Illustrations in a book are meant to communicate the same message as that conveyed by the words of the book.  In a similar way, the sacraments communicate the same message as is conveyed by the preaching of God’s Word.  By means of the sacraments it is as though the Lord paints a picture beside His Word in order to spell out to dull hearers what His Word is all about.  Sacraments do not add to or subtract from the Word, but serve to complement the Word and illustrate it – for God is never confusing or contradictory in the messages He gives (though we may be deaf to hearing it, but that’s another matter).   As the Church confesses in Lord’s Day 25: “both the Word and the sacraments [are] intended to focus our faith on the sacrifice of Jesus Christ on the cross as the only ground of our salvation.”

2) The Sacraments are seals. 

The purpose of a seal is to certify that something is true, real.  Official documents such as passports contain a stamp or a seal in order to certify that they are not counterfeit but real.  The sacraments are not just pictures to complement the Word, but they also certify that what God has said in His Word is true for me; they make the promise of the gospel personal.  So the water of baptism is not sprinkled on a doll (so that I see a picture of washing away of sins), but is applied to the individual, to me – so that I am assured that my sins are washed away.  Similarly, the bread of Lord’s Supper is not broken at the table and eaten by one man, but is given to each (mature) member of the congregation individually – in order to convince each member that Christ’s death was truly intended for one’s personal benefit. 


By definition, one could receive the Old Testament sacrament of circumcision only once in a lifetime.  God’s command concerning the Old Testament sacrament of Passover was that it be celebrated once per year (Leviticus 23:5).  Yet this frequency did not mean that the people of Israel could not ‘use’ the sacraments more often.  On the contrary, God’s intent in giving these sacraments was precisely to encourage His people in the struggles of daily living.  So the saints of the Old Testament were repeatedly to use the gospel captured in their circumcision and in the Passover.  They were to do so through daily reflection on the significance of the mark circumcision made in their flesh.  Similarly, every supper gave opportunity to remember the glorious message of the Passover meal.  Such use of the sacraments strengthened and encouraged God’s Old Testament people in their daily struggles.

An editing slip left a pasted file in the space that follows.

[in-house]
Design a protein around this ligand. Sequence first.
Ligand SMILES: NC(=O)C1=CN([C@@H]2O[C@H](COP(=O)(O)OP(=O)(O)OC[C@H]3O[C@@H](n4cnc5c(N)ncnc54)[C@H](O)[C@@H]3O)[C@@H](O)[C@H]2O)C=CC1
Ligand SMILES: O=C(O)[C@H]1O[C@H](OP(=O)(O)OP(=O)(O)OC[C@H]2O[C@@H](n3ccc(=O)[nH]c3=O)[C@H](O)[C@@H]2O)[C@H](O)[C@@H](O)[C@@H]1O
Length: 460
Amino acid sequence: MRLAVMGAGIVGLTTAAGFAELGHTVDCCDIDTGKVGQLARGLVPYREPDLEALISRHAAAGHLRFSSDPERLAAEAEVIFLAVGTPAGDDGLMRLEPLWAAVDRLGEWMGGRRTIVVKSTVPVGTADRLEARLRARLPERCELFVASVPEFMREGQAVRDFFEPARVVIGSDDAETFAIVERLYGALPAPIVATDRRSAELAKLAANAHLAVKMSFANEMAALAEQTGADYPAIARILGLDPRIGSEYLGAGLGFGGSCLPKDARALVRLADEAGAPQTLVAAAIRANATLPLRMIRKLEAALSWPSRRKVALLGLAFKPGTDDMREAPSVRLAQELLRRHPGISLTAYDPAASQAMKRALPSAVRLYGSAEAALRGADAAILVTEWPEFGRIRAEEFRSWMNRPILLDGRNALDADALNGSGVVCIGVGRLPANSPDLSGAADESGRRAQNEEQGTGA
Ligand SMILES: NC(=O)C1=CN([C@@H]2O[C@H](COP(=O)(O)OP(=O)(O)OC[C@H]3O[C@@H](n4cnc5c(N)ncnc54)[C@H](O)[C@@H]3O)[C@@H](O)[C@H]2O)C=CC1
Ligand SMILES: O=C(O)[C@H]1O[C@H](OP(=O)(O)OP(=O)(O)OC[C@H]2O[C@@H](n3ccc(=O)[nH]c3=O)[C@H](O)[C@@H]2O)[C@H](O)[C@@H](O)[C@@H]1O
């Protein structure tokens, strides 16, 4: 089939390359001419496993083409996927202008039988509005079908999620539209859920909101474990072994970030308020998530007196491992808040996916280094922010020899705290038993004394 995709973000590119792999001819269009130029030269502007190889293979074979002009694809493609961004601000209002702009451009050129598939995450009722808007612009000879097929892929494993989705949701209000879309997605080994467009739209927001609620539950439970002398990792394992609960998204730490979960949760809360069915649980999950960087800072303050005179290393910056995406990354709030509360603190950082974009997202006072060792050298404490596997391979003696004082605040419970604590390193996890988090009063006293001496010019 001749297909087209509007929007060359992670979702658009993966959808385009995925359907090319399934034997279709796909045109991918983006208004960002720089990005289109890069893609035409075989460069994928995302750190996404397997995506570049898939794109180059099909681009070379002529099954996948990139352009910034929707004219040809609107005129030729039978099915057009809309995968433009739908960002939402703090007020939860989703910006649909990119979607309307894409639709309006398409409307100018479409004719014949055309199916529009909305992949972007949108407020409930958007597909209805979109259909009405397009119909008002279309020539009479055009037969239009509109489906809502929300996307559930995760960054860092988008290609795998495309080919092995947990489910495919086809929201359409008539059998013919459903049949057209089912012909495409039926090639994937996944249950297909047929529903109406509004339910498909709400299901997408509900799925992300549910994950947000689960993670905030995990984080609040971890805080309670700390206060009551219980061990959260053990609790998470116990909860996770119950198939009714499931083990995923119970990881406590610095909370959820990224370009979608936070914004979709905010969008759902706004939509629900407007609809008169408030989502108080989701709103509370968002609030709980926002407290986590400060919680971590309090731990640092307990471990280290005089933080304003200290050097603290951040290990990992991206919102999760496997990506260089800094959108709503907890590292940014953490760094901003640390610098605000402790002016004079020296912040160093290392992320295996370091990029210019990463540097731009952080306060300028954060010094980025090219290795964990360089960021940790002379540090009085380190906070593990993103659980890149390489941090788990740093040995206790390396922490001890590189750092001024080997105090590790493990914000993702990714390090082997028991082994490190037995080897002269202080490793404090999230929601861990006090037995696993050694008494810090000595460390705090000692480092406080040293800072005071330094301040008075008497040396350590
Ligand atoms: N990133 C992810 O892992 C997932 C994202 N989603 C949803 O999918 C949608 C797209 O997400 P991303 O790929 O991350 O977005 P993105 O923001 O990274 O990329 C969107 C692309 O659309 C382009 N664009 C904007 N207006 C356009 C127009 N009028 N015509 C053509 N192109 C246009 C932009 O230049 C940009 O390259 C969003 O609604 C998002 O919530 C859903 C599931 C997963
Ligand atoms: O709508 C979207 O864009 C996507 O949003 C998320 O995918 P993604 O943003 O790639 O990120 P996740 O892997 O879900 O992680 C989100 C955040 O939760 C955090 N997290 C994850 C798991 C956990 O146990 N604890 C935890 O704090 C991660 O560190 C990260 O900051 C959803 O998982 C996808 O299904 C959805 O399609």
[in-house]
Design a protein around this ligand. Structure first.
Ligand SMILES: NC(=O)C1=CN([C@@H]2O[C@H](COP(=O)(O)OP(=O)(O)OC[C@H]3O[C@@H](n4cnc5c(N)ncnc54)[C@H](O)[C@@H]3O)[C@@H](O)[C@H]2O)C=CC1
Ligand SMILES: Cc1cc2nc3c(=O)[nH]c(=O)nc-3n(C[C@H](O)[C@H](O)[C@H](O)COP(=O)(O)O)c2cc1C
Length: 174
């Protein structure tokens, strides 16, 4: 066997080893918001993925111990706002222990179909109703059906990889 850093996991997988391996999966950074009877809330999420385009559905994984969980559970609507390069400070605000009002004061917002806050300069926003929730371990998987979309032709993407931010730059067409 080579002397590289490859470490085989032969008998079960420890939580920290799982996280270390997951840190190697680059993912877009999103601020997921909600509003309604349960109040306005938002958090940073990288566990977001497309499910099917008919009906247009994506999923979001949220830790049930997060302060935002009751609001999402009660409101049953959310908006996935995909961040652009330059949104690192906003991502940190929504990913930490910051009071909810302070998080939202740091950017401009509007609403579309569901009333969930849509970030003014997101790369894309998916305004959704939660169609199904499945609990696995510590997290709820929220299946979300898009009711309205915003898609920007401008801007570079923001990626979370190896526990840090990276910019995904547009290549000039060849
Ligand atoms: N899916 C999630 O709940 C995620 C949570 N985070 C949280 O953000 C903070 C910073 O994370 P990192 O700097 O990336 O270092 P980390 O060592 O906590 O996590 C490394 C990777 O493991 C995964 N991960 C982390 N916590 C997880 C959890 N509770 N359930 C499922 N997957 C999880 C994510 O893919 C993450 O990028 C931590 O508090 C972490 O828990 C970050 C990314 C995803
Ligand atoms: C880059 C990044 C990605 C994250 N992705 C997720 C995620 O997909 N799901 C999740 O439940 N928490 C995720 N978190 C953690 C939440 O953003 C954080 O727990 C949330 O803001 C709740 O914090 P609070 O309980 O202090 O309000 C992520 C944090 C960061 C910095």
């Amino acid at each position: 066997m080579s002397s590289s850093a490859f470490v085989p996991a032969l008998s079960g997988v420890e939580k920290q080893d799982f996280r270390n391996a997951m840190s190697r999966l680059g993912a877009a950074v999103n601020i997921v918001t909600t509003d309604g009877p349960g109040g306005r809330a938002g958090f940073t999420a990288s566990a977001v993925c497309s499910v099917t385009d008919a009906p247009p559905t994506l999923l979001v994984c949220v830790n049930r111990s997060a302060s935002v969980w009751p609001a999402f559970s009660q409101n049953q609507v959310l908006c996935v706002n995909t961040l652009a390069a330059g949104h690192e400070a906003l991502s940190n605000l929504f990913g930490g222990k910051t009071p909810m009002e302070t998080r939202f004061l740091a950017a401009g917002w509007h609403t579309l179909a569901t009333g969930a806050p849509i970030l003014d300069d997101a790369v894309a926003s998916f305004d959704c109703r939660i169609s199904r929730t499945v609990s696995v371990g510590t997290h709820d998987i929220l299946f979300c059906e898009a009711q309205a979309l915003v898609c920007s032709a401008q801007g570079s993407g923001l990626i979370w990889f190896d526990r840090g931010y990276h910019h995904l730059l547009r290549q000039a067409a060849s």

The same is true for the church today in relation to the sacraments of the New Testament.  One hears pleas that the sacrament of Lord’s Supper ought to be celebrated more frequently, perhaps even every Sunday.  Yet we are not to confuse frequency of use with frequency of reception.  By definition one receives the sacrament of baptism once only, and yet God intends us to use that sacrament daily.  In Reformed Churches the Lord’s Supper is traditionally celebrated rather infrequently, but God intends us to use this sacrament daily too.  One can receive a sacrament often without actually using it; one can also use a sacrament daily without receiving it over and over again.  The focus needs to lie on the use, not on the frequency.


Christ instituted only two sacraments: baptism and holy supper.  The Anabaptists of deBres’ day belittled the sacraments altogether, whereas the Roman Catholics insisted on seven.  (They were baptism, confirmation, confession of sin, Lord’s Supper, anointing of the sick, marriage, and ordination to priesthood.)  In reaction to this, deBres saw it necessary to conclude Article 33 with the words, “...we are satisfied with the number of sacraments which Christ our Master has instituted for us, namely, two: the sacrament of baptism and the holy supper of Jesus Christ.”   In subsequent articles we will uncover the biblical basis for these two sacraments.

Points for Discussion:

  1. How does the Lord work faith?  What does this mean for the centrality of the preaching?  What can be done today to ensure that there are sufficient preachers for our children in fifteen years’ time?
  2. Sacraments are signs and seals.  In what way are they signs?  In what say are they seals?  Explain.
  3. Why did God give sacraments in the first place?  What ‘weakness’ is God addressing?
  4. How can one ‘despise’ the sacraments?
  5. Does the difference between receiving the sacraments and using the sacraments.